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Unruly bodies: resistance, (in)action and hysteresis in a public health intervention


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Hanckel, B, Milton, S and Green, J 2020 , 'Unruly bodies: resistance, (in)action and hysteresis in a public health intervention' , Social Theory & Health , doi: 10.1057/s41285-020-00143-z.

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Schools have long been sites of public health intervention on the bodies of children.Increasingly, these interventions also act on the bodies of educators. Our casestudy is an intervention focused on the future health of children’s bodies (‘The DailyMile’), which, we argue, also resulted in the surveillance of educators’ bodies. Wedraw on Bourdieu’s concept of hysteresis to explore how those bodies can become‘unruly’ during implementation, in both resisting and being positioned as reluctant.Hysteresis, an under-utilised Bourdieusian concept, proved useful for exploringembodiment at a point when there were mismatches between habitus and thechanging field of primary education. We show how the non-participation of someactors (e.g. teachers) was positioned as part of a broader resistance to health as adominant value, whereas non-participation of less-privileged social actors (e.g.Teaching Assistants) was problematised in different ways. We argue that attendingto moments of hysteresis, in which the changing symbolic values of physicalcapital become explicit, surfaces not just how dominant discourses (e.g. healthism)become reproduced in fields, but also how they change and are resisted, and withwhat effects.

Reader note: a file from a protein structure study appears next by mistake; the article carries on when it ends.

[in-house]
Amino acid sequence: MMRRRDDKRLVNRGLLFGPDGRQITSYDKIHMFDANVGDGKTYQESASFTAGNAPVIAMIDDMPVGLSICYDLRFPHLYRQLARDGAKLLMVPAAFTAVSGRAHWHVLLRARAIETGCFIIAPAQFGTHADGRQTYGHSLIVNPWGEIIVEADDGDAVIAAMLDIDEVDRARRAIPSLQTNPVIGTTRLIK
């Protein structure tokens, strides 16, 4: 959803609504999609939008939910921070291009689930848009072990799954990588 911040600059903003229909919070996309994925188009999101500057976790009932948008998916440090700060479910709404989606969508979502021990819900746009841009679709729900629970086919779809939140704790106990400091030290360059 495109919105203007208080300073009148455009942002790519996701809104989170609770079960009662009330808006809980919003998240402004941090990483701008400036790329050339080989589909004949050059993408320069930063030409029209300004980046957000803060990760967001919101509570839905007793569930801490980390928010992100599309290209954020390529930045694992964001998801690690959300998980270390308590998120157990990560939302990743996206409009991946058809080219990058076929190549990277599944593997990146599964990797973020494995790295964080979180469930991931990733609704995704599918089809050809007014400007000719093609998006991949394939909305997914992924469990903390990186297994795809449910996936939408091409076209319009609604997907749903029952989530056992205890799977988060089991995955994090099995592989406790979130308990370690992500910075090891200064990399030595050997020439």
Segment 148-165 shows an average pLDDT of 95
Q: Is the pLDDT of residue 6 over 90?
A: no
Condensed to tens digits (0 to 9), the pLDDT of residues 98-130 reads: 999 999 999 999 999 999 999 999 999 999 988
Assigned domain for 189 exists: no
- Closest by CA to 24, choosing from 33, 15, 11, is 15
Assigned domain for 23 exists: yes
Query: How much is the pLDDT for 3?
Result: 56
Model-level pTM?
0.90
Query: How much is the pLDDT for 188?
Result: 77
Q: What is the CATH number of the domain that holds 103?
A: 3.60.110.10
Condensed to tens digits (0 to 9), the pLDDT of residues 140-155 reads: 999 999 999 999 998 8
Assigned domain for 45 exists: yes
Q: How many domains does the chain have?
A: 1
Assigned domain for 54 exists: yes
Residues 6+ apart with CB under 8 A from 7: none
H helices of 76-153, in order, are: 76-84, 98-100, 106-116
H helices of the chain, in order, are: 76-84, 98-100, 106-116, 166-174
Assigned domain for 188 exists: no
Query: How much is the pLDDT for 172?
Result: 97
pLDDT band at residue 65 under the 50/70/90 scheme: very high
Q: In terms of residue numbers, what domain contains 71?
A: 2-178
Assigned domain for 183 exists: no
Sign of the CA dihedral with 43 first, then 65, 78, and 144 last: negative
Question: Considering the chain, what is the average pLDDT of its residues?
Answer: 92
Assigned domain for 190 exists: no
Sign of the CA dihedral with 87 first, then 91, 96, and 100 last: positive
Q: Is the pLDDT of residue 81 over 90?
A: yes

Item Type: Article
Authors/Creators:Hanckel, B and Milton, S and Green, J
Keywords: Bourdieu, hysteresis, education, habitus, field, public health
Journal or Publication Title: Social Theory & Health
Publisher: Palgrave Macmillan Ltd.
ISSN: 1477-8211
DOI / ID Number: 10.1057/s41285-020-00143-z
Copyright Information:

© The Author(s) 2020. This article is licensed under a Creative Commons Attribution 4.0 International License, which permits use, sharing, adaptation, distribution and reproduction in any medium or format, as long as you give appropriate credit to the original author(s) and the source, provide a link to the Creative Commons licence, and indicate if changes were made.

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